Sumaj Kawsay

Sumaj Kawsay's Community News



Coronavirus (COVID-19) impact on World Vision operations

 
In support of public health recommendations outlined by the World Health Organization, some sponsorship program activities have been temporarily suspended due to COVID-19. Activities may include sponsor queries and correspondence, sponsor visits, gift notifications and gift deliveries. These temporary suspensions may affect the information you receive from us in the coming weeks and months. Learn more about our response to COVID-19.

Thanks to the generous support of donors, we’re making great progress toward the well-being of children and their families. These are a few of the areas we focused on in the past year: 


Sumaj Kawsay is a community of contrasts in the heart of the Cochabamba district. Located between 3,400 and 4,420 metres above sea level, the region is known for its lakes, and is famous for the endangered Puya raimondii, a gigantic plant thought to be a living fossil. At the same time, it is also one of the poorest municipalities in all of Bolivia. Of a population of around 14, 836 people, 94.9% cannot provide for their basic needs.

Most families are indigenous Quechua, and Quechua is their first language. However Spanish is the official administrative language and is taught in schools. One in four people is bilingual, but most often they are men. Illiteracy is still high in the area, and is more prevalent in the female population (54%) than in the male (20%). The soils in the region are rich, fertile, and good for cultivation. Springs, streams, and irrigation dikes enhance the potential for agriculture in most communities. Temperatures average a cold 13℃, but can dip below zero.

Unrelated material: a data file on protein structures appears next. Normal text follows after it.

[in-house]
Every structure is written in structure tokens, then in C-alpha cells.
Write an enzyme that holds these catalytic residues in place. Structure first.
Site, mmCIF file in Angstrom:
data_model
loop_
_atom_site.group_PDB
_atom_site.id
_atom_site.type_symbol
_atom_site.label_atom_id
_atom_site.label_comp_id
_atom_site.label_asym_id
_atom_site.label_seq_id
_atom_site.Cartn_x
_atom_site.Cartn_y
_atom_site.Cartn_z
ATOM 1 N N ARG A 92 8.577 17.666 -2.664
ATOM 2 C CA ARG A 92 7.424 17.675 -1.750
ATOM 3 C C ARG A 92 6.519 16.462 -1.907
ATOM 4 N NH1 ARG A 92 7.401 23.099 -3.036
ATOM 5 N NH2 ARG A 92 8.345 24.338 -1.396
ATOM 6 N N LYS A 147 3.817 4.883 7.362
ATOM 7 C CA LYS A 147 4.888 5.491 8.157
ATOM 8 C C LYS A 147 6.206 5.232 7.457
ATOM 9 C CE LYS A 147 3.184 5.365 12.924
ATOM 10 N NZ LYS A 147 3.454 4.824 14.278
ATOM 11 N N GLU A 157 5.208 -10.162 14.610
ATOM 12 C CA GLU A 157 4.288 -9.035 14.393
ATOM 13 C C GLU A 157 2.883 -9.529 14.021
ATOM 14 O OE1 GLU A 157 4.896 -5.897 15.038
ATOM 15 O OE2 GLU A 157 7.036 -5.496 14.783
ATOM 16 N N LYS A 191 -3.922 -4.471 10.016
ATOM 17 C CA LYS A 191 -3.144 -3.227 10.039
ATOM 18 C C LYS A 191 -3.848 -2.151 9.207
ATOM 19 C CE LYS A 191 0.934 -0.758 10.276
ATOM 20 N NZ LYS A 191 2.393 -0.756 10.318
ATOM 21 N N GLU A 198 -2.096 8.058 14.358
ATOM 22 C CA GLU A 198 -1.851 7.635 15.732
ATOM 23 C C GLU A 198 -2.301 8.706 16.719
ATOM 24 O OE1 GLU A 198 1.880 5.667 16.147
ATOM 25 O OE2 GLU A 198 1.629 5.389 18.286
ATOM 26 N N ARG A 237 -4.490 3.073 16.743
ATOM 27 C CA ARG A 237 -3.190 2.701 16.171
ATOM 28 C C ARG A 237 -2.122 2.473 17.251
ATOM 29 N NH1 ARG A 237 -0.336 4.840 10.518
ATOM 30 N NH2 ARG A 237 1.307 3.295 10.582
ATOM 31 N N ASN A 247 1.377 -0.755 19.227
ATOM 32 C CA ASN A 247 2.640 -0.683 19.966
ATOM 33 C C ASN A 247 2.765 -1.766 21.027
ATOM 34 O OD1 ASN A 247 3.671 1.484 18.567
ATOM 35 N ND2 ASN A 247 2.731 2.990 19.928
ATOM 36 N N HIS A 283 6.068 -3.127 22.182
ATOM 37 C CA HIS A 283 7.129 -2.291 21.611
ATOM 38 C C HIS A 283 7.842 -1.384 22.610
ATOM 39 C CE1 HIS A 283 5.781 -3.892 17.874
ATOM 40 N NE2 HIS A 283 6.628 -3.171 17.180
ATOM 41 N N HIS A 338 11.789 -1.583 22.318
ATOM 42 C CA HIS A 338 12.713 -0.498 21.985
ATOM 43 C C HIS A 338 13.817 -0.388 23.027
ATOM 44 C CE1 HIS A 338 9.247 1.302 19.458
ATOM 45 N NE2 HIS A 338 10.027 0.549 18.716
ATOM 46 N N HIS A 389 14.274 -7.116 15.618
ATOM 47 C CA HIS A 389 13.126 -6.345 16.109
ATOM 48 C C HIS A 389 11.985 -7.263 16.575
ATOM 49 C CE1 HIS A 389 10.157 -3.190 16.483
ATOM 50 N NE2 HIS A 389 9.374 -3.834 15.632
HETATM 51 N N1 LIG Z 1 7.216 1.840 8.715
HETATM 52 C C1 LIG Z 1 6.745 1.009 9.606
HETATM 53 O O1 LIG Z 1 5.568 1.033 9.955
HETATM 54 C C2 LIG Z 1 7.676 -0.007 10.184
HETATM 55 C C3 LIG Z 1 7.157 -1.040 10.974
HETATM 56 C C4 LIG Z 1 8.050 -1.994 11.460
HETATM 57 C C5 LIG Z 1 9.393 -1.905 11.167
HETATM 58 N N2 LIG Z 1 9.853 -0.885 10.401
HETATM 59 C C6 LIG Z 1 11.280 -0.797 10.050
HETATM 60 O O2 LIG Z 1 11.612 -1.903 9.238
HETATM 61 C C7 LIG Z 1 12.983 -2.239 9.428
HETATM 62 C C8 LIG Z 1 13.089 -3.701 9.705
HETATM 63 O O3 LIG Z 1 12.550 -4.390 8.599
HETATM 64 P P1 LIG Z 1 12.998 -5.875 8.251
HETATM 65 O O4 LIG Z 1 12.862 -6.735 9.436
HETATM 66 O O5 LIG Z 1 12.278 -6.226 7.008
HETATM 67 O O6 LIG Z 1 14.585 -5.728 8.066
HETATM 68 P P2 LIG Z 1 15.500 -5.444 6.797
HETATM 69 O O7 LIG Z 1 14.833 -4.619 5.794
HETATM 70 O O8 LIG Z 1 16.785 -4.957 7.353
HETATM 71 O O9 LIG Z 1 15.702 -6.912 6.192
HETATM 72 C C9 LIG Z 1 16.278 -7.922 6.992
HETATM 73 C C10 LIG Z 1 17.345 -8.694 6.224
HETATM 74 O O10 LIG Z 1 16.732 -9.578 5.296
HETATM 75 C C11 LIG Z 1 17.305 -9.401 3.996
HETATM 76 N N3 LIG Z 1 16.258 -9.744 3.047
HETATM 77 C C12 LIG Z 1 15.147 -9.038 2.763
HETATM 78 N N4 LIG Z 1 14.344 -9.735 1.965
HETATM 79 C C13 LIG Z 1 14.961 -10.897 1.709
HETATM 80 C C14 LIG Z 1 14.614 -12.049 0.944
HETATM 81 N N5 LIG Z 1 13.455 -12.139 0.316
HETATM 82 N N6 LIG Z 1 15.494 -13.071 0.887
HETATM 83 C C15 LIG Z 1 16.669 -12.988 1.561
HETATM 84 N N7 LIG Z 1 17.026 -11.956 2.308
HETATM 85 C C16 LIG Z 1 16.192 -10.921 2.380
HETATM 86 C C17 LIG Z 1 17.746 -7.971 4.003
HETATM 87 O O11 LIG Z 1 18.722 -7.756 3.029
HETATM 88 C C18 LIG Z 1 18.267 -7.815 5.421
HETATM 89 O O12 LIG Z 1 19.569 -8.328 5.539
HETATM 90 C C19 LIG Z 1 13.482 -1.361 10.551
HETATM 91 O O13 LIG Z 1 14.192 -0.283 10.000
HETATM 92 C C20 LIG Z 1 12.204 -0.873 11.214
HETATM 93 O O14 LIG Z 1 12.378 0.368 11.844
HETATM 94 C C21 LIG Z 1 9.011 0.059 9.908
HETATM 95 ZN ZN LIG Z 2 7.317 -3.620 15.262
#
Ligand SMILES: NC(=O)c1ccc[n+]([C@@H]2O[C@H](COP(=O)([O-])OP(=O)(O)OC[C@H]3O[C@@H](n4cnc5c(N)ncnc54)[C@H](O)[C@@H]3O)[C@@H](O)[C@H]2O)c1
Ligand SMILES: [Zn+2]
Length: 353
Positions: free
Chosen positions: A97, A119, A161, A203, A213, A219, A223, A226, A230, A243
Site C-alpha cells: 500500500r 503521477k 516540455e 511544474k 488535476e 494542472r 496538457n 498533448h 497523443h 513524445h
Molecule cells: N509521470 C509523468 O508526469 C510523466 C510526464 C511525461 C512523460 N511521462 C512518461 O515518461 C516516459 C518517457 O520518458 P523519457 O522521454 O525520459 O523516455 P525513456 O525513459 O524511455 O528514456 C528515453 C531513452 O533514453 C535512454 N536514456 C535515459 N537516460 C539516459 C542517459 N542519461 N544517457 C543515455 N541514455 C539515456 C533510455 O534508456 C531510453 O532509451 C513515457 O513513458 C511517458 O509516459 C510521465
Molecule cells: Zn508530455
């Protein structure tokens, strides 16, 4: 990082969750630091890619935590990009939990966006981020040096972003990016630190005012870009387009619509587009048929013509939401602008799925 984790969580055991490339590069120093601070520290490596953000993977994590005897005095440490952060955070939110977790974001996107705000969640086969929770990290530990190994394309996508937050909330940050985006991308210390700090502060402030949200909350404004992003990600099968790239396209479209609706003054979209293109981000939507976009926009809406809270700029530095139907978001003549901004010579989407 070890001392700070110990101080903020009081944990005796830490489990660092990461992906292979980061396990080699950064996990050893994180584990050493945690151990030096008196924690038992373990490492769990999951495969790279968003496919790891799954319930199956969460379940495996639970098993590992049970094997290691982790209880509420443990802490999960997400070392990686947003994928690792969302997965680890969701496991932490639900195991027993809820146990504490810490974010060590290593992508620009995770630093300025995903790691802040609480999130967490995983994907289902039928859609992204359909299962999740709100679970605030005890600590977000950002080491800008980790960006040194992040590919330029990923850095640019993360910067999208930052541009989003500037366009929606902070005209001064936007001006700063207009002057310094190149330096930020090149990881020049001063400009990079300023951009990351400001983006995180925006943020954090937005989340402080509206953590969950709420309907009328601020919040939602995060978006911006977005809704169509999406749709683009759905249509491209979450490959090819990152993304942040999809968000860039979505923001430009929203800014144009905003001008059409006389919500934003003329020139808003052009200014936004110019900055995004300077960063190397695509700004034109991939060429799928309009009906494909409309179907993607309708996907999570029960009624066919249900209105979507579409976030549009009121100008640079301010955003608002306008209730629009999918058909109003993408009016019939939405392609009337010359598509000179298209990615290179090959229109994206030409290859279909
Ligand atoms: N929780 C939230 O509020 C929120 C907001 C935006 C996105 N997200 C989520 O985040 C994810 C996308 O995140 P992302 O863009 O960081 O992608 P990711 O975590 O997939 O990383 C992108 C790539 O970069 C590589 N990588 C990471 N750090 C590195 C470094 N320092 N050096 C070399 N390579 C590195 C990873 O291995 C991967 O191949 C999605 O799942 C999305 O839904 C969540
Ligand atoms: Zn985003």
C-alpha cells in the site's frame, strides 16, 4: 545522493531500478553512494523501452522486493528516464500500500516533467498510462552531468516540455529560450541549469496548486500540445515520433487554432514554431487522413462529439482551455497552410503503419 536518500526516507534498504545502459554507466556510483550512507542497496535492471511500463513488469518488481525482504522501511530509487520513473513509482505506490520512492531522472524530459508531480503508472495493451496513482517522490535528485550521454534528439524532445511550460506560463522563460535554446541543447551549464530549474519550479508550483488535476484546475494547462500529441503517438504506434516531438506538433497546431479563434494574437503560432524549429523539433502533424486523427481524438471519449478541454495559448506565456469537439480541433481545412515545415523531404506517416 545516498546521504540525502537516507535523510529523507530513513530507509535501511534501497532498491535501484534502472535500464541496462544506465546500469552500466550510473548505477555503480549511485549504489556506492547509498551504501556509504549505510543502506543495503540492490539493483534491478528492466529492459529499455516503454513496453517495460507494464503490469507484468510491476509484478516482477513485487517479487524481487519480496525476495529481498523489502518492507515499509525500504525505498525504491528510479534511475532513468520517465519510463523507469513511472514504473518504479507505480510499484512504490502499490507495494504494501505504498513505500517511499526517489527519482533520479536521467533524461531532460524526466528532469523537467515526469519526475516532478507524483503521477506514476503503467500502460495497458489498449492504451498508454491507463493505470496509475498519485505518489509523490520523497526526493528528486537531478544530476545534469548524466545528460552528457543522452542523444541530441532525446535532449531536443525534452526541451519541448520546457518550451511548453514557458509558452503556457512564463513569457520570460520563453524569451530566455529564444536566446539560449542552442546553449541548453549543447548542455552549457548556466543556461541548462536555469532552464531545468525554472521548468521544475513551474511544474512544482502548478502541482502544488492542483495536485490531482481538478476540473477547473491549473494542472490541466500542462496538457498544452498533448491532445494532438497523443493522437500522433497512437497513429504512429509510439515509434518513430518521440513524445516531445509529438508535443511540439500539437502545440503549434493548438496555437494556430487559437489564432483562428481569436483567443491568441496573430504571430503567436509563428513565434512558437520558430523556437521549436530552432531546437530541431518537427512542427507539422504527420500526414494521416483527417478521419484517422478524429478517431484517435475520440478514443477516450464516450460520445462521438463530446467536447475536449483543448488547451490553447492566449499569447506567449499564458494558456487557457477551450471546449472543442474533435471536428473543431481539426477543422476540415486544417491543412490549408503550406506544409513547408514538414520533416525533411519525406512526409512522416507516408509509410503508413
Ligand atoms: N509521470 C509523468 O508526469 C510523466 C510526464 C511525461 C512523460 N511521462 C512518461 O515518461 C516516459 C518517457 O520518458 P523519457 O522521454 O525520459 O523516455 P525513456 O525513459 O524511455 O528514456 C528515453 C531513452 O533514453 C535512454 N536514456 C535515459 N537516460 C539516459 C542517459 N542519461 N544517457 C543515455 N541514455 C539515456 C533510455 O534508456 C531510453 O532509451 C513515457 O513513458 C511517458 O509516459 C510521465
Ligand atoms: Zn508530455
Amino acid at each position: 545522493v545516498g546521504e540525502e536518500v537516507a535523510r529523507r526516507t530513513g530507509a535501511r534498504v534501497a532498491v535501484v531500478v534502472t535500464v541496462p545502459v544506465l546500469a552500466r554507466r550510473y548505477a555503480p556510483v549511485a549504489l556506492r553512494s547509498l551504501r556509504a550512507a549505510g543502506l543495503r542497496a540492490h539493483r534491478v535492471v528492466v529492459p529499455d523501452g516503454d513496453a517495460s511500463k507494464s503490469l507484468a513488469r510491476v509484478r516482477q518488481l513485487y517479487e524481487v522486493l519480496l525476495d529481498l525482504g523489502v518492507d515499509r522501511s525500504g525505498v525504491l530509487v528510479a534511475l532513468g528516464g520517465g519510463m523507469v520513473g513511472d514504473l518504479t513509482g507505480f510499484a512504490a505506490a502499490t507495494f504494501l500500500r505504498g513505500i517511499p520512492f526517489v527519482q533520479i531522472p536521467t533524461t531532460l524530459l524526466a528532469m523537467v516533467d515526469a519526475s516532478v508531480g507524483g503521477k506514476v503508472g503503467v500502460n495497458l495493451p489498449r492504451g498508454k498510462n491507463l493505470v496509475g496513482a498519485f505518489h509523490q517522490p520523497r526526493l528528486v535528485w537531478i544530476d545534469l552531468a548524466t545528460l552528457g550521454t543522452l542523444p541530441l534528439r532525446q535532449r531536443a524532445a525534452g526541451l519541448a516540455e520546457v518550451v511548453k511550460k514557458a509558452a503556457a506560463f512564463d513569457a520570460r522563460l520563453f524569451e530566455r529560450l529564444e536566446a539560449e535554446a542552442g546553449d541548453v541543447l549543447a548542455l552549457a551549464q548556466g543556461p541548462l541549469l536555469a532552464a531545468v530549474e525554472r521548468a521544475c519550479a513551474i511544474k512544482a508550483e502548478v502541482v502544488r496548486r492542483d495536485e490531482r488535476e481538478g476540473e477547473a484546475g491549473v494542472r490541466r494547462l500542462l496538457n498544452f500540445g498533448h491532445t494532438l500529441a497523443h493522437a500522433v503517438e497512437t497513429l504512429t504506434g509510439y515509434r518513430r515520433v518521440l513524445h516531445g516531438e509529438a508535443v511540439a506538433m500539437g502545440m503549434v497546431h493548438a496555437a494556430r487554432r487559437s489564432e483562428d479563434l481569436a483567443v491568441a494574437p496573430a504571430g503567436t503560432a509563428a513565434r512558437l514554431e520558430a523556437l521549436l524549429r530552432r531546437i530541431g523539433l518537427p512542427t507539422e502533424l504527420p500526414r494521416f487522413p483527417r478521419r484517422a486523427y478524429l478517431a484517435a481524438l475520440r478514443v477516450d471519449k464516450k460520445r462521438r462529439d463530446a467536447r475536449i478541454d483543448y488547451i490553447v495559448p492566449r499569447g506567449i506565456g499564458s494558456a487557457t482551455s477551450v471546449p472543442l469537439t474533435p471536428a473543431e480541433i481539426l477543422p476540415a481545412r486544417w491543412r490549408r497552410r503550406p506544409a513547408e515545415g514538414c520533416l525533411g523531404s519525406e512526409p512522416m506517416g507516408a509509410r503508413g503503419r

World Vision began a project in this area after a group of community organizations asked for help. They had seen the impact of a similar program in a neighbouring area, and hoped that World Vision could help also help them address the poverty in their community.
Child Protection
  • 230 adolescent boys and girls joined a youth group in their community, giving them a place to come together, learn and discuss issues with other youth.
  • 1 educational unit incorporated child protection approaches into their curriculum
  • 4 educational units have alert mechanisms for the protection of children
  • 30 parents better understand the harmful impact of physical discipline on children, so more boys and girls can be raised in safer and happier homes.

Education
  • 177 community members helped create safe community spaces for children and youth
  • 59 parents learned techniques and practices for psychosocial development
 
*Results achieved from October 2018 to September 2019

Explore Sumaj Kawsay

current conditions

To protect the privacy of children, this map shows only the general area of the community, not the exact location.

The needs in Sumaj Kawsay

Education
Historically, this community has shown its commitment to children's education, and came together to build 17 of the 29 schools in the area. However, many of these structures are now old and dilapidated, lacking furniture, supplies, and teaching materials. Some don't have electricity, water, or sanitation facilities. Only two of the local schools provide education through the high school level.